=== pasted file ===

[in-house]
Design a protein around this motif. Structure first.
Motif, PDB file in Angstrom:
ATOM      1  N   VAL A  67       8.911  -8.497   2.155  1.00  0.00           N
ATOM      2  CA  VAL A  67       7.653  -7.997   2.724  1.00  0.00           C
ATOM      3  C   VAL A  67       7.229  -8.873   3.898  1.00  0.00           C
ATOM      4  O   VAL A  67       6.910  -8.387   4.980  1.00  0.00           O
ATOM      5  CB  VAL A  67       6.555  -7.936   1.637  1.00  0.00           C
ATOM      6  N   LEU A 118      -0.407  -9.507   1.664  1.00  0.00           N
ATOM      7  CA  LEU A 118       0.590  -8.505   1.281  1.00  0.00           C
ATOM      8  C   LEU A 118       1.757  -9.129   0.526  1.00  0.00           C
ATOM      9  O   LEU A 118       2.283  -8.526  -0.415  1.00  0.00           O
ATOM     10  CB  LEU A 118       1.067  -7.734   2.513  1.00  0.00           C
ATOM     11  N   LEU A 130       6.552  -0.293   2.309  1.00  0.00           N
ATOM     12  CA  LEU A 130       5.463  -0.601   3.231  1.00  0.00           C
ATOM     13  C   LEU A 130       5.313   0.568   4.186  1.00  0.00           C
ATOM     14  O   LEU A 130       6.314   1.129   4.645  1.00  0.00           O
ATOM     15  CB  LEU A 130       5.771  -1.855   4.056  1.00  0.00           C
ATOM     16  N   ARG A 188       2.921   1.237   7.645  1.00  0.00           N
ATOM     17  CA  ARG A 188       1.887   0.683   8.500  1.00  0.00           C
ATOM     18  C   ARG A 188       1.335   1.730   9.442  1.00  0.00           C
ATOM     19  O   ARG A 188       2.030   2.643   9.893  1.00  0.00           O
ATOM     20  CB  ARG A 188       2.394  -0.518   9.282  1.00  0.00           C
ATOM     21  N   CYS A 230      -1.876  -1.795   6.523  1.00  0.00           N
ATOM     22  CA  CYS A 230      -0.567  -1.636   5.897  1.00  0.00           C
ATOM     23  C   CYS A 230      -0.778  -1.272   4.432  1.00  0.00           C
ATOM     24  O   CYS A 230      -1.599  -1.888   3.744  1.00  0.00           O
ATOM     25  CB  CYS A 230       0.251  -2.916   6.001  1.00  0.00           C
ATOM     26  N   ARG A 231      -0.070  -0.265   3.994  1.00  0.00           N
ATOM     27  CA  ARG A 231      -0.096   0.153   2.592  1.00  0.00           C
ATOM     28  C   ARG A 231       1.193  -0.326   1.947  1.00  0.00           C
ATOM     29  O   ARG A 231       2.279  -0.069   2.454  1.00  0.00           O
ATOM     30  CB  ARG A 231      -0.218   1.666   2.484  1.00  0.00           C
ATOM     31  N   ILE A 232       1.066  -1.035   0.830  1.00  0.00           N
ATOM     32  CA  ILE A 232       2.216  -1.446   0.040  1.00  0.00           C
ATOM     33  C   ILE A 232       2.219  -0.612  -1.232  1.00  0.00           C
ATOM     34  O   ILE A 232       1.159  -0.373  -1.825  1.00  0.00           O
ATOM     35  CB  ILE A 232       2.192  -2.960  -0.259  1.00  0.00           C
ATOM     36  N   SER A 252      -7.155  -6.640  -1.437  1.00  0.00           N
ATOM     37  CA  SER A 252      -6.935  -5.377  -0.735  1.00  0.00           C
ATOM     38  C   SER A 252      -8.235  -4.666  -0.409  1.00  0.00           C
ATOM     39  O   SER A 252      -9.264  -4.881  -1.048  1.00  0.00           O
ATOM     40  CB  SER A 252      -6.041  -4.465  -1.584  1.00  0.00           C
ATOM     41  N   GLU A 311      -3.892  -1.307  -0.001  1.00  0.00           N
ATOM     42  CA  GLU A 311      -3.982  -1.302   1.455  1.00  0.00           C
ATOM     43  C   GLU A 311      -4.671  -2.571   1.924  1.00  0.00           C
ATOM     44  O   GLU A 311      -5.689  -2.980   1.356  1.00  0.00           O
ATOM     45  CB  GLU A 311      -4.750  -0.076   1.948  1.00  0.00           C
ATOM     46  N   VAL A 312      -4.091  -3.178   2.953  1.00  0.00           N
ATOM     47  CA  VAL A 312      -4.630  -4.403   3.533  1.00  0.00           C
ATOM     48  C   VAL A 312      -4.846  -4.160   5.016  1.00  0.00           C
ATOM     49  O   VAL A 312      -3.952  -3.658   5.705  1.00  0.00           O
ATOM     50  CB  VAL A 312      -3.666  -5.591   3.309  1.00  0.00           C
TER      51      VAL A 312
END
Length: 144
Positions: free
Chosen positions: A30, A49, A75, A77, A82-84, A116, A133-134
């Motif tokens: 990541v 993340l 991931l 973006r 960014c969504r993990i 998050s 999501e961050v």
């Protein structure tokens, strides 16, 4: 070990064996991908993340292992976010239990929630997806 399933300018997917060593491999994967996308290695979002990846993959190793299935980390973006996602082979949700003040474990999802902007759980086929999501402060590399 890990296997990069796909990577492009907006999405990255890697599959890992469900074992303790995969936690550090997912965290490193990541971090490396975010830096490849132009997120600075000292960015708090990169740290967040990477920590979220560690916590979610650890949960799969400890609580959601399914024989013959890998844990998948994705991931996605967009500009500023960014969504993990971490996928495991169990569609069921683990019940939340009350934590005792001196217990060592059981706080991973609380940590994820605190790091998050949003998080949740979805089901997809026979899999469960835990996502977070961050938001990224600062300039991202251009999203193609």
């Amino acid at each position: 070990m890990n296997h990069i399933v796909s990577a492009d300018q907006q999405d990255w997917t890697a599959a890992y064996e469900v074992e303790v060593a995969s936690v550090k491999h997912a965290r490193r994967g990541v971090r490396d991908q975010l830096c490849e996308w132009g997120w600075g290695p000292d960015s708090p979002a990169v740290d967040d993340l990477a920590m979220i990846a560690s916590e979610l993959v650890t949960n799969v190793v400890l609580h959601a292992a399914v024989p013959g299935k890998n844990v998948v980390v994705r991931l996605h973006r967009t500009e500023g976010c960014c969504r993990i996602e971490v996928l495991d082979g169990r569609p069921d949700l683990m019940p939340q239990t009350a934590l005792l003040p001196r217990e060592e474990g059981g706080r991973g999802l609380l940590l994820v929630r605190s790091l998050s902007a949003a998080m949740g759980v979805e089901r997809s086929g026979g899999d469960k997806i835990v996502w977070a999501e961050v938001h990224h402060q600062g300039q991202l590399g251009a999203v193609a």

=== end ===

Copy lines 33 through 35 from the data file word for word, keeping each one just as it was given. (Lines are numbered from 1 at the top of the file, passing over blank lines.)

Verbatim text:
ATOM     30  CB  ARG A 231      -0.218   1.666   2.484  1.00  0.00           C
ATOM     31  N   ILE A 232       1.066  -1.035   0.830  1.00  0.00           N
ATOM     32  CA  ILE A 232       2.216  -1.446   0.040  1.00  0.00           C